Posted on Wed, May. 17, 2006
Senate votes to build 350 miles of border fencing
By Michelle Mittelstadt
The Dallas Morning News
WASHINGTON - Embracing get-tough measures, the Senate voted Wednesday to
build 350 miles of new triple-layered fencing at the Southwest border and to
exclude 500,000 illegal immigrants convicted of felonies or multiple
misdemeanors from becoming citizens.
But even as they placed a more conservative stamp on the huge immigration
bill, lawmakers softened another border enforcement directive. They delayed
a controversial Bush administration plan to require passports or similar ID
for travelers - American and foreign - going to and from Mexico and Canada.
Border communities, the Canadian government and business interests have
protested loudly that the plan, due to take effect in 2008, would chill
tourism, commerce and cross-border travel.
And senators refused to strip out a key underpinning of their compromise,
creation of a path to eventual citizenship for many of the 11 million to 12
million immigrants here illegally.
Even as the Senate forged through a series of votes, signs of just how hard
it's going to be for Congress to get an immigration bill to President Bush's
desk this year were evident elsewhere on Capitol Hill.
Presidential adviser Karl Rove was dispatched to meet privately with a
restive House Republican caucus in tumult over Bush's call to legalize
millions of illegal immigrants and create a temporary worker program for
future foreign arrivals.
The Rove pep talk appeared to change few minds among House conservatives who
insist the U.S.-Mexico border must be secured before any consideration can
be given to people here illegally or future guest workers.
"He heard loud and clear that we believe the House bill must be passed - and
passed first," said Rep. Pete Sessions, R-Texas.
And the Senate bill, far more generous than the House version, was denounced
on the House steps by some immigrant-rights advocates who view it as wholly
inadequate. Members of the March 25th Coalition, which helped organize the
massive street rallies and boycotts, termed the Senate bill "repressive" and
said they'd settle for nothing less than legalization for all illegal
immigrants and near-unlimited visas for foreigners who want to come in the
"We're not going to compromise," said Jesse Diaz, a March 25th Coalition
The rift in Congress over immigration is mirrored within the
immigrant-rights movement, which isn't speaking or lobbying in concert. Just
hours after the March 25th Coalition's press conference, other Hispanic
groups that view the Senate bill far more favorably than the House approach
rallied on the National Mall to press for a comprehensive immigration fix.
Several hundred immigrant advocates from Texas and other states crisscrossed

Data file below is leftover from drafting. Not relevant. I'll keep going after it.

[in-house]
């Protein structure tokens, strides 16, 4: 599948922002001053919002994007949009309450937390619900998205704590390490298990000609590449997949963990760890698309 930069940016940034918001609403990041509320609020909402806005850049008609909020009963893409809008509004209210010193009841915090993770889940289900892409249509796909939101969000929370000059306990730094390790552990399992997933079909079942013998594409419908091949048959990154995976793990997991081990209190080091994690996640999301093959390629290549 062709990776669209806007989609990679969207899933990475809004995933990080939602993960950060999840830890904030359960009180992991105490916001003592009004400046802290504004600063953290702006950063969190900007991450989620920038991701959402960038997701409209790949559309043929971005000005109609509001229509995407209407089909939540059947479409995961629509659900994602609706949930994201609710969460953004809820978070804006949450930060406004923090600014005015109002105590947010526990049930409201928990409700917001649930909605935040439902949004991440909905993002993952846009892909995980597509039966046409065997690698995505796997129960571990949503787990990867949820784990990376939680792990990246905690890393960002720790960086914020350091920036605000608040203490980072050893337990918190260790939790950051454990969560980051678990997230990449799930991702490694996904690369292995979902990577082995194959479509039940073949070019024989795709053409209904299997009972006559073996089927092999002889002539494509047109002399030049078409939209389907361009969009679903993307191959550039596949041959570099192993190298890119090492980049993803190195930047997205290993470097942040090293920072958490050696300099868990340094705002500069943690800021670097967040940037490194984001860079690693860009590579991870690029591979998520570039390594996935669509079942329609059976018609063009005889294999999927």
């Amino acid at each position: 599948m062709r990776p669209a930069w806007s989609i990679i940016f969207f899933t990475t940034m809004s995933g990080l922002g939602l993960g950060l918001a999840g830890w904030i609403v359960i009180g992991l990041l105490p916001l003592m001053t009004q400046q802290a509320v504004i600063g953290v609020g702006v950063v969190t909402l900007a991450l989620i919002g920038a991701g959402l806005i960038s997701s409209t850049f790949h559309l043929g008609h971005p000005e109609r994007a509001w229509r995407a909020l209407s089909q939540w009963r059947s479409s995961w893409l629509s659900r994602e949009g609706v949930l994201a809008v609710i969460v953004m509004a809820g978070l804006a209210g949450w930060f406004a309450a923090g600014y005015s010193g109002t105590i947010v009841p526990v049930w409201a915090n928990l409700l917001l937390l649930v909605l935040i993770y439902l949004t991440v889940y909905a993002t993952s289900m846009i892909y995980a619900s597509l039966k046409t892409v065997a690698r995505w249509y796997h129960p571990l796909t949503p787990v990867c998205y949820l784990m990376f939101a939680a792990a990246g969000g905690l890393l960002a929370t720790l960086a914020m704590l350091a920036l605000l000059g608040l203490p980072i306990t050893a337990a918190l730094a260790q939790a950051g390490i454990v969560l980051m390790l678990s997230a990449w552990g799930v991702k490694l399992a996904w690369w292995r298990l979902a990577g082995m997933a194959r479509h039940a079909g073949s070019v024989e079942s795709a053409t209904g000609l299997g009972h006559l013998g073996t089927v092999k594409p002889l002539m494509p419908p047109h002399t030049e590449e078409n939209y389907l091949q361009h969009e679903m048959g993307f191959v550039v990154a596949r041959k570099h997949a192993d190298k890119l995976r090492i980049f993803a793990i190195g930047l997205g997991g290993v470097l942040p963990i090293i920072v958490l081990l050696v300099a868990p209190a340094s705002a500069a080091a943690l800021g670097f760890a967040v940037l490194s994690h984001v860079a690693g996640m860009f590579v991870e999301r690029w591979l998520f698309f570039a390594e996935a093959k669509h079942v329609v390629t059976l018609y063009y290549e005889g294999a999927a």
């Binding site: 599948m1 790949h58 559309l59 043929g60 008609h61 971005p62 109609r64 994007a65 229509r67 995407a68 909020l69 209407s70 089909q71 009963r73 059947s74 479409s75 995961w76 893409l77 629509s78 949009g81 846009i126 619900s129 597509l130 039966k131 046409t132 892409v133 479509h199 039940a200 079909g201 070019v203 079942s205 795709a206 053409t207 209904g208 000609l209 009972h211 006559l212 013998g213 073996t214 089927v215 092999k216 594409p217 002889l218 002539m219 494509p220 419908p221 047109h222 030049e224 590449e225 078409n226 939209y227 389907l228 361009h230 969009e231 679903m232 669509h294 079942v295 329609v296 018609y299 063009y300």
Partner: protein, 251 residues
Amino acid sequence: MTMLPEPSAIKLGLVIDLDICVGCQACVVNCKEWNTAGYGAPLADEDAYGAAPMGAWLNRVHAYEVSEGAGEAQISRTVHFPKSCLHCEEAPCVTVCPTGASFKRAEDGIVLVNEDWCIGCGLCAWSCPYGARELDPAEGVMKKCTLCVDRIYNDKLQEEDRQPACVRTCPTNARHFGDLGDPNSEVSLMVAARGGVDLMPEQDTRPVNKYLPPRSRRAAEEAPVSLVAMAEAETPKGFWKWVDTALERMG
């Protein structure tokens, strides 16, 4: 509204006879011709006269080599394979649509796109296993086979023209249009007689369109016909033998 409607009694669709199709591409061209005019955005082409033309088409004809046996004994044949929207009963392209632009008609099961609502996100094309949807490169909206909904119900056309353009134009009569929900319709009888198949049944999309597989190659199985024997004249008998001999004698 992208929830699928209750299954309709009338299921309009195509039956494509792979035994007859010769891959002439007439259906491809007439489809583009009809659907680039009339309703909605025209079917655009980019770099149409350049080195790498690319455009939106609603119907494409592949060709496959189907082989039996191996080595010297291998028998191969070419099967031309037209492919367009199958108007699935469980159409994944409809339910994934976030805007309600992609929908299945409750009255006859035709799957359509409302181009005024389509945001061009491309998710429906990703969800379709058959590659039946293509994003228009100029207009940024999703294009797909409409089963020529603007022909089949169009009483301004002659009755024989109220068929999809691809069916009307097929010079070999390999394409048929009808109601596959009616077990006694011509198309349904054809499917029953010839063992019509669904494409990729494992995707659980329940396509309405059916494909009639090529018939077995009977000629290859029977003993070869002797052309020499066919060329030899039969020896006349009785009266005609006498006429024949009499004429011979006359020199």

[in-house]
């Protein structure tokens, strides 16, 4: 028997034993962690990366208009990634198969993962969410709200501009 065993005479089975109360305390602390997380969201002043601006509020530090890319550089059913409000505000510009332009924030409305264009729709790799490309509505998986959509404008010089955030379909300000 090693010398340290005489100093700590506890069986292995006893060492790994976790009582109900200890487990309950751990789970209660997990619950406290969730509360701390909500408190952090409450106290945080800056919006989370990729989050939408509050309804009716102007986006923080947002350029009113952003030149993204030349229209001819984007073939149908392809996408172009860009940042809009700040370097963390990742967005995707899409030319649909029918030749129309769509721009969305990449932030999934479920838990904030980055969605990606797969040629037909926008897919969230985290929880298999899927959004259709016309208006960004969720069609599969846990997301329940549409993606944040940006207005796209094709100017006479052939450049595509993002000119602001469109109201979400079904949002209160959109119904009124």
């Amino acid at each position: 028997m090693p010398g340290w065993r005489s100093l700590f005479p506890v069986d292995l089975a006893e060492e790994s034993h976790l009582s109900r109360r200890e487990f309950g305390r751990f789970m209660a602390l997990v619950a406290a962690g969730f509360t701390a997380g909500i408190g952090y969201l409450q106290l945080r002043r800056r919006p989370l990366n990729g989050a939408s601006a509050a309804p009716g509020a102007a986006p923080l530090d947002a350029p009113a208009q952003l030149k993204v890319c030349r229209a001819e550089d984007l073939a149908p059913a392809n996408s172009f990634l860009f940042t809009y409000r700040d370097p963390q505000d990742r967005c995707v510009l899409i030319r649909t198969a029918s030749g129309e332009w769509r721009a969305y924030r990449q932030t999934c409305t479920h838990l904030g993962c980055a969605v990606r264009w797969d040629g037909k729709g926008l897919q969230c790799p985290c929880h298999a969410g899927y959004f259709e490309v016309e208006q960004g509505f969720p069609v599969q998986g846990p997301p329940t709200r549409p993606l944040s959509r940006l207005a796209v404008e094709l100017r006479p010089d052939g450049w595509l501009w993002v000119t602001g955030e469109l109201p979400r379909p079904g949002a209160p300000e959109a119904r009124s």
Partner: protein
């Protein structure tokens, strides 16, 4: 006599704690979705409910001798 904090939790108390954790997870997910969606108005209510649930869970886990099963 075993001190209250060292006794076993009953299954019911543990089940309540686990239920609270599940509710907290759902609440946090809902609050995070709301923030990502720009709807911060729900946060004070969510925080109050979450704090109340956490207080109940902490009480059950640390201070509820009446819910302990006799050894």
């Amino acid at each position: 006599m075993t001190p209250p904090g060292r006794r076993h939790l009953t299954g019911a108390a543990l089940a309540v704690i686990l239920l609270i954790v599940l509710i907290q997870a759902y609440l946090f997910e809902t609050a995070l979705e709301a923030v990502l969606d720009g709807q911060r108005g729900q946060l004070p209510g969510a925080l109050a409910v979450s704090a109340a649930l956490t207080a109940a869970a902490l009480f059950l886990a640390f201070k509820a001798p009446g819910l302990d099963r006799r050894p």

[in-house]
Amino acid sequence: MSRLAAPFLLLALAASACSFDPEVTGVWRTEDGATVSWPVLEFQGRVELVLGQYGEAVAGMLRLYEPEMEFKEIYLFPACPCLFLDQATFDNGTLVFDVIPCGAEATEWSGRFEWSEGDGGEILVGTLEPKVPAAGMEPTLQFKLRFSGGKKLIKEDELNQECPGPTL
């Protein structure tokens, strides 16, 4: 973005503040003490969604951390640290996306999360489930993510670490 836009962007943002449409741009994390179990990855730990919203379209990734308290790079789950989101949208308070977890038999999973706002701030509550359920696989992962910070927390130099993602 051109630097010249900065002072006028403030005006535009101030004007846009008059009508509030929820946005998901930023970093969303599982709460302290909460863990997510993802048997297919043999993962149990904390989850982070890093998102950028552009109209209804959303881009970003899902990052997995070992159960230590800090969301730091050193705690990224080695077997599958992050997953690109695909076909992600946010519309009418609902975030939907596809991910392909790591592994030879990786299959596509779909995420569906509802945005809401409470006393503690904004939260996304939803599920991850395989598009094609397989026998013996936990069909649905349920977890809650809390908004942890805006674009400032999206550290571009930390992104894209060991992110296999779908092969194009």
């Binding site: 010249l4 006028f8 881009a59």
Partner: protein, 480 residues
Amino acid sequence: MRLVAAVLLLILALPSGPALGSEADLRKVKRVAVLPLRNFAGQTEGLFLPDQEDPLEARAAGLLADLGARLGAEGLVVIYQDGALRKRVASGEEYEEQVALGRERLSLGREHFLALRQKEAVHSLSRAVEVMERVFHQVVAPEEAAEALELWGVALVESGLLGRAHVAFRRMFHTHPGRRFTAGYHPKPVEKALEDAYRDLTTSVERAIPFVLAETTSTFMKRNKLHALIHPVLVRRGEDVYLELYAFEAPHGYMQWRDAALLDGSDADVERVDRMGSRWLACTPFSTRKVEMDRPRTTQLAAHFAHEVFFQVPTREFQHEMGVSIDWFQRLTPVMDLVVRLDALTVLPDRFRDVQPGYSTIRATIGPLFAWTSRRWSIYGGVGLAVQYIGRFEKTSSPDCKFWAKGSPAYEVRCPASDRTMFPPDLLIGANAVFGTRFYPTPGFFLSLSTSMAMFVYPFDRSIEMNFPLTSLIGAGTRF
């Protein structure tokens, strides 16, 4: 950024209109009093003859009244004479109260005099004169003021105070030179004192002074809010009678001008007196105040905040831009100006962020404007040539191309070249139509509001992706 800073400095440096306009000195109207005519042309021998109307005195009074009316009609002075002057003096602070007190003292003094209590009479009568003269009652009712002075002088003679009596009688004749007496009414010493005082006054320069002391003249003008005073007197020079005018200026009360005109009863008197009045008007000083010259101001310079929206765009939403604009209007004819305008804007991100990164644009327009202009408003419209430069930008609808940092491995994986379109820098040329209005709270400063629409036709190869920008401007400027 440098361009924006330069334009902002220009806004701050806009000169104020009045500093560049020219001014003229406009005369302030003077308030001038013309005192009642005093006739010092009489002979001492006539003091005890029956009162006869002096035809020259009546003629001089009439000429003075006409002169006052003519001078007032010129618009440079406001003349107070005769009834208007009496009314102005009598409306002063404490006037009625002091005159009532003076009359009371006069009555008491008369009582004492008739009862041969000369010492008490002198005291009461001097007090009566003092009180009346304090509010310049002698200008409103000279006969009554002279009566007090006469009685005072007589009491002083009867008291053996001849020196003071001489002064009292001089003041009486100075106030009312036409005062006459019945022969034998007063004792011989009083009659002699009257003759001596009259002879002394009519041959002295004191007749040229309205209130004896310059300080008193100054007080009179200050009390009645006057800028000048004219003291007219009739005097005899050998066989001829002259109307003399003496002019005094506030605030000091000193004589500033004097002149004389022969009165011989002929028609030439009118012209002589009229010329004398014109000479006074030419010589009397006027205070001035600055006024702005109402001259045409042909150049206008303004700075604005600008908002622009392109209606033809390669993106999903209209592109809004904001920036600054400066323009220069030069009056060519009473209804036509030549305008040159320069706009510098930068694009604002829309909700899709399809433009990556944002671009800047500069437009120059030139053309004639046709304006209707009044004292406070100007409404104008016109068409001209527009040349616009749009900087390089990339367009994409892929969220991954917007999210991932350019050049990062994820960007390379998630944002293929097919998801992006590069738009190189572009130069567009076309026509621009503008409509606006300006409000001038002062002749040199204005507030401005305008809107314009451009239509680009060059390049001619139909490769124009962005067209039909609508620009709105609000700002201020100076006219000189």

Capitol Hill on Wednesday, pressing their case for a legalization plan.
In the Senate, there was surprising unity over an amendment by Republican
Sens. John Cornyn of Texas and Jon Kyl of Arizona that just weeks before was
denounced by critics as a poison pill designed to take down the entire bill.
On a 99-0 vote, the Senate rejected legalization for illegal immigrants
convicted of felonies, three or more misdemeanors, or who have ignored
"If you're a thug, if you're a crook, a murderer, a rapist or a bunko artist
... you don't really add any value" to the United States, said Sen. Lindsey
Graham, R-S.C. "And the only person you can blame is yourself."
As part of immigration action:
On an 83-16 vote, senators approved Sen. Jeff Sessions' plan to build 350
miles of new border fencing and 500 miles of vehicle barriers in highly
trafficked areas to be designated by the Homeland Security Department. The
Alabama Republican estimated his measure, which acts on a Homeland Security
request for the fencing, would cost $1 billion, though other estimates
placed it as high as $4 billion. The House has approved 700 miles of fencing
along the nearly 2,000-mile border.
By voting for more fencing, "We are sending a signal that we are serious
about stopping the flow of illegal immigrants over the border," Sessions
But critics complained about the signal a border fence would send to Mexico.
"What we have here has become a symbol for the right wing in American
politics," said Sen. Richard Durbin, D-Ill.
By a 50-48 vote, the Senate agreed to an amendment by Cornyn that would deny
illegal immigrants enrolled in a temporary worker program the right to
self-petition for legal permanent residence. Instead, employers would
petition for the green cards after proving they'd first tried to find an
American worker for the job. Democrats, who strongly opposed the measure,
said they'd try to revisit the matter on Thursday.
The mood was sour elsewhere, with Senate appropriations leaders and the
White House clashing over how to pay for Bush's plan to send 6,000 National
Guardsmen to the border.
The White House is adamant the deployment be funded by a $1.9 billion
allocation set aside just weeks ago in a war-time emergency spending bill
for vehicles, aircraft and boats for border surveillance. But appropriators
wanted to find the money elsewhere and retain funding they say the Border
Patrol sorely needs.
As for the Border Patrol agents who now won't get equipment, "A lot of them
are going to be sitting in cars that don't run or in airplanes that don't
take off," said a frustrated Sen. Judd Gregg, R-N.H., who had secured the
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